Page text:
My approach would be to do a thorough analysis of cost savings, risk sharing, efficiency gains, and what impact it will have on the residents of Berkeley Heights. Our residents deserve the best service for the best price. I will not support a reduction of services to our residents without a referendum or survey to obtain everyone’s feedback. The first thing I will do is meet with all employees to understand their challenges and work function. We should not only be looking for cost savings through sharing services but also through internal process improvements using automation and online services. A simple thing that comes to mind is cutting back on printing paper, eliminating local printers and implementing a central network printer using security codes for privacy and use Google Apps in a secure and efficient way. I will work with other towns to understand how they are leveraging shared services and determine opportunities to introduce innovation for enhanced services and capabilities. I will learn about their internal processes to see what efficiencies we can gain. We need to look at ways to offer our residents a more affordable means of garbage disposal and recycling. We should be teaming up with our neighboring towns to explore entering into joint contracts to give us more bargaining power. I cannot intelligently tell you what services would not lend themselves to sharing until an analysis is complete. What I will tell you is that I will not support shared services where Berkeley Heights is not at least equal in their representation with the other entities. I do not support agreements where another town or government entity (ex: Union County) has priority over Berkeley Heights.
As a Town Council we should build relationships with local business and property owners to understand their challenges and see if there are ways, as a town, we could assist them. I will investigate consumer demand and work with the local businesses to help them innovate for the future. I will work with neighboring towns to promote businesses in Berkeley Heights and their towns as well. For example, I would support expansion of Restaurant Week to neighboring towns to encourage others to check out Berkeley Heights and vice versa. We should be doing more to help each other instead of competing against each other. I will help fundraise for local events such as Winter Walk, to take the burden from the businesses for costly services needed for the events. Lastly, I will not pass ordinances that create unnecessary obstacles for businesses or assume to know better than a local business what will help them grow and thrive.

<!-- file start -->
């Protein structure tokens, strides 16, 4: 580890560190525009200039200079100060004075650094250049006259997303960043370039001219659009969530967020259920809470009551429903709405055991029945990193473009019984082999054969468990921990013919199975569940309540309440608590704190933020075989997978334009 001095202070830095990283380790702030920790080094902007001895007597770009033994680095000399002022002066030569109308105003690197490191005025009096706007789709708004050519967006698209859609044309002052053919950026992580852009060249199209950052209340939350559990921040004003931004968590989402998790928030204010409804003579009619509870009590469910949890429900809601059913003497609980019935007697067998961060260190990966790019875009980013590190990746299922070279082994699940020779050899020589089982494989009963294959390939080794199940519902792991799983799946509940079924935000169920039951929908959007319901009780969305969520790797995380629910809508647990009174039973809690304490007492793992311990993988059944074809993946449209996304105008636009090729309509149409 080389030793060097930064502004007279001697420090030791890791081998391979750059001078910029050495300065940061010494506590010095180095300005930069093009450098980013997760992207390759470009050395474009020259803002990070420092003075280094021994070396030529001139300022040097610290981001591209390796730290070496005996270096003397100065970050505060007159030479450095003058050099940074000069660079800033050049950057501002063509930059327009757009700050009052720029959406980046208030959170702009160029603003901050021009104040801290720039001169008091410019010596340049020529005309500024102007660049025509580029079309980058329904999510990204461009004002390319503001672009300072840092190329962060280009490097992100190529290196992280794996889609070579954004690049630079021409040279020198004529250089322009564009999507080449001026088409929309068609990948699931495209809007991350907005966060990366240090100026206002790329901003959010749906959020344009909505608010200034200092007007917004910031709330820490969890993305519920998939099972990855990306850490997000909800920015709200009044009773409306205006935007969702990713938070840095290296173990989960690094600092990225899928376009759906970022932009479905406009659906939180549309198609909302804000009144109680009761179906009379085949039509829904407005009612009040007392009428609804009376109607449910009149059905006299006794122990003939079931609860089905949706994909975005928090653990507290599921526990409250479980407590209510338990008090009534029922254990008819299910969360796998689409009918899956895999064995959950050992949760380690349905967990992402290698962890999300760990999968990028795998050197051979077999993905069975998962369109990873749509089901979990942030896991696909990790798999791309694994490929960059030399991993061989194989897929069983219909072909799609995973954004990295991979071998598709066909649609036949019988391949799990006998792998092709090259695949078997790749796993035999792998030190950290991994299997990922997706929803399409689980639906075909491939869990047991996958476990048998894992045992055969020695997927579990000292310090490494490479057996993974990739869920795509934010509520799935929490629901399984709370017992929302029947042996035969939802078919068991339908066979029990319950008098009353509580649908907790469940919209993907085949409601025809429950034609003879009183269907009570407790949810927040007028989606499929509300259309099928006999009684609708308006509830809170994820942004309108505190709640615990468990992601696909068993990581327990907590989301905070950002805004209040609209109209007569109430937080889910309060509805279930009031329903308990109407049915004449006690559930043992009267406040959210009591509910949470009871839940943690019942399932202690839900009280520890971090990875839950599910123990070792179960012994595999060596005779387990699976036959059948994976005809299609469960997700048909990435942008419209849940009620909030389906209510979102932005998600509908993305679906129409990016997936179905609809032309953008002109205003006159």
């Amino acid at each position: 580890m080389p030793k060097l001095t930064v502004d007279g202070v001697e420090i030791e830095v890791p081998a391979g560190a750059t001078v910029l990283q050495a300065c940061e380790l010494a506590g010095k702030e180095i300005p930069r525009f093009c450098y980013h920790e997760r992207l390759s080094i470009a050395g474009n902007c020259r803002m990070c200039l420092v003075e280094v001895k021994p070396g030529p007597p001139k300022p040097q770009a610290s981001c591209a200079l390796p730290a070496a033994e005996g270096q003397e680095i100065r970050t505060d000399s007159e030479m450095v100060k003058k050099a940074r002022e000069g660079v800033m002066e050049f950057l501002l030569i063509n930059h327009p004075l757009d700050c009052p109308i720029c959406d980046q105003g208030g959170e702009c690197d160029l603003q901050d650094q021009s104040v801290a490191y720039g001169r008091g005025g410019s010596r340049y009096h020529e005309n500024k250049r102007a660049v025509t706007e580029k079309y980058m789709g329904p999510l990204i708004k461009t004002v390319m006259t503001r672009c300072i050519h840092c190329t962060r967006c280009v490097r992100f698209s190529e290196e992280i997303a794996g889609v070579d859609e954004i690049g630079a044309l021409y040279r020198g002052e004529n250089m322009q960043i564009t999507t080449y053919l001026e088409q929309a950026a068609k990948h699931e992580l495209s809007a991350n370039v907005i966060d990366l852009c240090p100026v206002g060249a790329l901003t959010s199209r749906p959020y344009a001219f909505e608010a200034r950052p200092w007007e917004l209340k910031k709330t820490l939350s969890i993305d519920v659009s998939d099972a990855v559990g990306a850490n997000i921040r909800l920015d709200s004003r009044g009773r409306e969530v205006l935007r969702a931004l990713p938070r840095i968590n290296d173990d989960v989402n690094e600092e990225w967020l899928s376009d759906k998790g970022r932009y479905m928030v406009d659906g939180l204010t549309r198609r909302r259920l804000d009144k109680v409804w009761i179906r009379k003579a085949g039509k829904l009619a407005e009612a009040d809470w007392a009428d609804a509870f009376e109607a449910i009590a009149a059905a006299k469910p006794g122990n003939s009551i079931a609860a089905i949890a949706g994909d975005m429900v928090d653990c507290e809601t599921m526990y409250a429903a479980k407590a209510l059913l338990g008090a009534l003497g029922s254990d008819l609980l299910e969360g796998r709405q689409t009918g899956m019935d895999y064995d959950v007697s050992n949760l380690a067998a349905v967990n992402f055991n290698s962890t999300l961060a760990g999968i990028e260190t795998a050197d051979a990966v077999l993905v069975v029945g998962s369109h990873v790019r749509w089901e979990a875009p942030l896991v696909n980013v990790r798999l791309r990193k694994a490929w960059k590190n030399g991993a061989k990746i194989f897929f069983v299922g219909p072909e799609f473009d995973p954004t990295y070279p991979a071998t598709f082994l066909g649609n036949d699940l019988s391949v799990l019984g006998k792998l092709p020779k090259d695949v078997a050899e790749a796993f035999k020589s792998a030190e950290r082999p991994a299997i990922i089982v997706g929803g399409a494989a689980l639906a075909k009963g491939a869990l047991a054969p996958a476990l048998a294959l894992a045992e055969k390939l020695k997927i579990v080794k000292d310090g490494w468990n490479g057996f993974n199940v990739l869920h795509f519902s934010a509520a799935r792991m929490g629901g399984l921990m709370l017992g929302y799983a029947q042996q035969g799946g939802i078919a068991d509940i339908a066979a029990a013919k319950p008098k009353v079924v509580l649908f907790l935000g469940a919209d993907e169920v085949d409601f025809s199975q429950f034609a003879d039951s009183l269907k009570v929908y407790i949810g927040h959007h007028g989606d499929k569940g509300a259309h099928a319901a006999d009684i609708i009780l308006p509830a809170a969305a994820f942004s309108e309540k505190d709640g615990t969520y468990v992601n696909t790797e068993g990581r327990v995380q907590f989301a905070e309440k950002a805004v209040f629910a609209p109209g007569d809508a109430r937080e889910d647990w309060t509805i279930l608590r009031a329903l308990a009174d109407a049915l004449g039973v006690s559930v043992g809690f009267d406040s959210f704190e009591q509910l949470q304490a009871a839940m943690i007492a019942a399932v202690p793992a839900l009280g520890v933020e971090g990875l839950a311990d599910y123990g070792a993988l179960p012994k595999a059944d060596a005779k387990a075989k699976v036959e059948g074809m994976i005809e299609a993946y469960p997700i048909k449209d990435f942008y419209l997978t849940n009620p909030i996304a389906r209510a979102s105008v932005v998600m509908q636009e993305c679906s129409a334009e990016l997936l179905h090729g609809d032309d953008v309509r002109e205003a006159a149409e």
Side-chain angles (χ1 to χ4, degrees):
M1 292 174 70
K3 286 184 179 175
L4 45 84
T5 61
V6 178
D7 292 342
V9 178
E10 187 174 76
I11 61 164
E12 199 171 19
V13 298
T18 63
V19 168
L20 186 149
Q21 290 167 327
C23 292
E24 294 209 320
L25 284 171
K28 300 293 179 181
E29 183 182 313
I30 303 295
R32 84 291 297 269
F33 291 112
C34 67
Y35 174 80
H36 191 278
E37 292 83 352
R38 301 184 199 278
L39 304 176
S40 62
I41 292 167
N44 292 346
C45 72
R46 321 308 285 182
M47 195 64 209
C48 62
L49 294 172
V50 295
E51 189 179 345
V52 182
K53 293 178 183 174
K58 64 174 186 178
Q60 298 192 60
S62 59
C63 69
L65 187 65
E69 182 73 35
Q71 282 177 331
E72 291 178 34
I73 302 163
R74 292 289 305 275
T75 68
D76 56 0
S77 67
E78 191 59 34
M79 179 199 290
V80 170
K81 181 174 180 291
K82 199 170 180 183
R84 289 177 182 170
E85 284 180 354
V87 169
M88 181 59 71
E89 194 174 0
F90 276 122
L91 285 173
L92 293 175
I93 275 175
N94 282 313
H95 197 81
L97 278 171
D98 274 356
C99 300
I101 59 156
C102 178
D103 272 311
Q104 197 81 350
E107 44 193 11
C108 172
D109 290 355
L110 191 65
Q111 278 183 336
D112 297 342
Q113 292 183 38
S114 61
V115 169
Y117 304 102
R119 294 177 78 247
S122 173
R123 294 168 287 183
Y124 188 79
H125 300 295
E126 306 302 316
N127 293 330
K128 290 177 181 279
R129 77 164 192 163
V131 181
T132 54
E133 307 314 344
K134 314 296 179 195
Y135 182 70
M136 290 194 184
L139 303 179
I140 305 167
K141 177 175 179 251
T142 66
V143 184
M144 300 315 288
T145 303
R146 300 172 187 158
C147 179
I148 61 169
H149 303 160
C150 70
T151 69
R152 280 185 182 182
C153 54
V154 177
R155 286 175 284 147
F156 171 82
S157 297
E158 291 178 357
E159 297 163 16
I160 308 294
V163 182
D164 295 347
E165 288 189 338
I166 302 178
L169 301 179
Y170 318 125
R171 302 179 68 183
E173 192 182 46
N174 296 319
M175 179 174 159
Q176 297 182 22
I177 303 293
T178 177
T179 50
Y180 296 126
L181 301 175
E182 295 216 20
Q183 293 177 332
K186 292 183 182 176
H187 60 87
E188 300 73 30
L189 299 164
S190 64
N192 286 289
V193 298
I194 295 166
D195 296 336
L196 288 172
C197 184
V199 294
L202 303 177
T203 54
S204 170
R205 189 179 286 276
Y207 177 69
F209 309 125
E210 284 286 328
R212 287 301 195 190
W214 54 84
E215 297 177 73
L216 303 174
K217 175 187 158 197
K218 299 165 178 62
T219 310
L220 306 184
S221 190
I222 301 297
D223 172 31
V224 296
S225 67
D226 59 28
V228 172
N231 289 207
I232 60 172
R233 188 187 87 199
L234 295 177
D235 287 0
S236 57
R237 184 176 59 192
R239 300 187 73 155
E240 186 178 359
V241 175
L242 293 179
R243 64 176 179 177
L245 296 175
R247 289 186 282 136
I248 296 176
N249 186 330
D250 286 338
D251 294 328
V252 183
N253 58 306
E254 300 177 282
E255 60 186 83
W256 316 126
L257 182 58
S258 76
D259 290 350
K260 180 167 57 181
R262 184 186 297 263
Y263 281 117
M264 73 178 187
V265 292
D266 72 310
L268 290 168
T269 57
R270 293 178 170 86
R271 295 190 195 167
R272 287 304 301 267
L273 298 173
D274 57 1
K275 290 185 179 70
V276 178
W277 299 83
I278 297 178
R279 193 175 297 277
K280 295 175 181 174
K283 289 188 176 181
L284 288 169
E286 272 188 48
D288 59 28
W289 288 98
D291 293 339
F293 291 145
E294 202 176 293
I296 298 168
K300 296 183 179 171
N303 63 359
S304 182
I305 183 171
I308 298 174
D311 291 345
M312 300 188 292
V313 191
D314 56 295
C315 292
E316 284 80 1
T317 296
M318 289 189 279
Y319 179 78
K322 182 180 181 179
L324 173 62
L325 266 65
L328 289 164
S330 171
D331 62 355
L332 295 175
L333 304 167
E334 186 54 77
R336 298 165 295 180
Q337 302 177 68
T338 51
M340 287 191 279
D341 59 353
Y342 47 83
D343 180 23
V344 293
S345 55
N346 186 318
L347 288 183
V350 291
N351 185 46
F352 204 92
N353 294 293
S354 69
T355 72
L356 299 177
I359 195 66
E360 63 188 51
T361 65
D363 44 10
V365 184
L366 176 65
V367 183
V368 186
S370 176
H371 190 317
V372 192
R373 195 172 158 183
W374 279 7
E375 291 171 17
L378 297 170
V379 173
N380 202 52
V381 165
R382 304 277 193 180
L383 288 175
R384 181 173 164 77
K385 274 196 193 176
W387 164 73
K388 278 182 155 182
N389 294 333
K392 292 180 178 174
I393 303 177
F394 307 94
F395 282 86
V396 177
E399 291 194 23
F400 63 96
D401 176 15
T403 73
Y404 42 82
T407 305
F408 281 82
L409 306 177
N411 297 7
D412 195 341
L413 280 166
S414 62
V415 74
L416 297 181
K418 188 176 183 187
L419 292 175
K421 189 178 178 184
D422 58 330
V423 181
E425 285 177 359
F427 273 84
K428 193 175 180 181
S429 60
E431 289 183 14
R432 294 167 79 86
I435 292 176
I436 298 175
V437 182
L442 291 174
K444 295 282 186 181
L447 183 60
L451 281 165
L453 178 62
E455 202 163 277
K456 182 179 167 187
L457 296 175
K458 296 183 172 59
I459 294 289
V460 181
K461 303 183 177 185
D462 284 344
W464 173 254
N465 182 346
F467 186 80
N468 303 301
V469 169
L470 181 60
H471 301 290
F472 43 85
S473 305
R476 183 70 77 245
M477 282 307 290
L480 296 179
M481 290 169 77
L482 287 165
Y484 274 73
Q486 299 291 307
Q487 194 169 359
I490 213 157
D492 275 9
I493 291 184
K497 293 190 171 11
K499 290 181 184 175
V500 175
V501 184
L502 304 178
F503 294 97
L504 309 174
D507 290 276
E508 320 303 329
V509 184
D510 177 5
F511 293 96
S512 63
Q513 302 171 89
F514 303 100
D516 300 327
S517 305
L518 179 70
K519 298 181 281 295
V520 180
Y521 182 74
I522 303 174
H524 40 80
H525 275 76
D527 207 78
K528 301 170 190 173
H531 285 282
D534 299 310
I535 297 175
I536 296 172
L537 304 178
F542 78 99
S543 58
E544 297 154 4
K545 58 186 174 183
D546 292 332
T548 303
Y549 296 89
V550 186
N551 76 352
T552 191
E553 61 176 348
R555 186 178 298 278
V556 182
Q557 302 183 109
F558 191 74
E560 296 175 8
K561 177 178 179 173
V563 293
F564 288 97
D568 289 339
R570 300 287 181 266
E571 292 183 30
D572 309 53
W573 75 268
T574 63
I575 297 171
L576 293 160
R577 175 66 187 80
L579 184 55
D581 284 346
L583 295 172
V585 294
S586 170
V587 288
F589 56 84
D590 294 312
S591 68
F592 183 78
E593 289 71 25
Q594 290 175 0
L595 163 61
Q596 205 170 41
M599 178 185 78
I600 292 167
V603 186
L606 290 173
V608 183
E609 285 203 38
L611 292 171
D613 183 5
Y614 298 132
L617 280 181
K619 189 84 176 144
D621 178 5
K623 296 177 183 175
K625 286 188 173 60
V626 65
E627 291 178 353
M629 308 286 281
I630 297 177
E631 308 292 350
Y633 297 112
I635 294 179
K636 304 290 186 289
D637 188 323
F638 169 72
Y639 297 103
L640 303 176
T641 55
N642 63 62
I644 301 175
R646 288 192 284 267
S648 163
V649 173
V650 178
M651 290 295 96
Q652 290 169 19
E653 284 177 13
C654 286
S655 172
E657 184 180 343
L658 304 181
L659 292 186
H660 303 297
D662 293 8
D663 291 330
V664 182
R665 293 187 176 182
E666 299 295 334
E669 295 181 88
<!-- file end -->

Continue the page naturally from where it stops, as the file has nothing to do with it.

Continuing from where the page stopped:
Shared service agreements have a place in many aspects of our lives Berkeley Heights currently has several shared services agreement in place. Municipal Court services with New Providence, Animal Control with Millburn, Public Health with Rahway, IT Services with Millburn,, Vehicle Maintenance for the BoE and Salt Storage for Union County. My approach would be three pronged; investigate what other municipalities are doing, perform a thorough analysis to ensure it is cost effective and advantageous to our taxpayers, and shop around for the best deal. As your Councilman, I voted down the one-sided Shared Service Agreement with Union County for a part-time DPW Director. After negotiations and a revised contract, I agreed to have faith and give it a try. To date, I feel that Berkeley Heights is not getting the attention that is required - catch basis repairs did not start until late August, the street sweeper has not been consistently cleaning our town, potholes continue to be a challenge, to name a few areas of concern. This Shared Service Agreement is a clear example of how Berkeley Heights needs a full time DPW Director. A service that must be explored is Recycling. Recycling for Berkeley Heights is an exponential cost to bear. We must discuss with other towns in and out of our area and possibly even investigate what other states are doing. I believe keeping our police, fire, and school systems under our control is the best for Berkeley Heights. Of course, proper analysis must be performed before I can say for sure whether it would be good or bad as each case should be analyzed for what is Best for Berkeley Heights.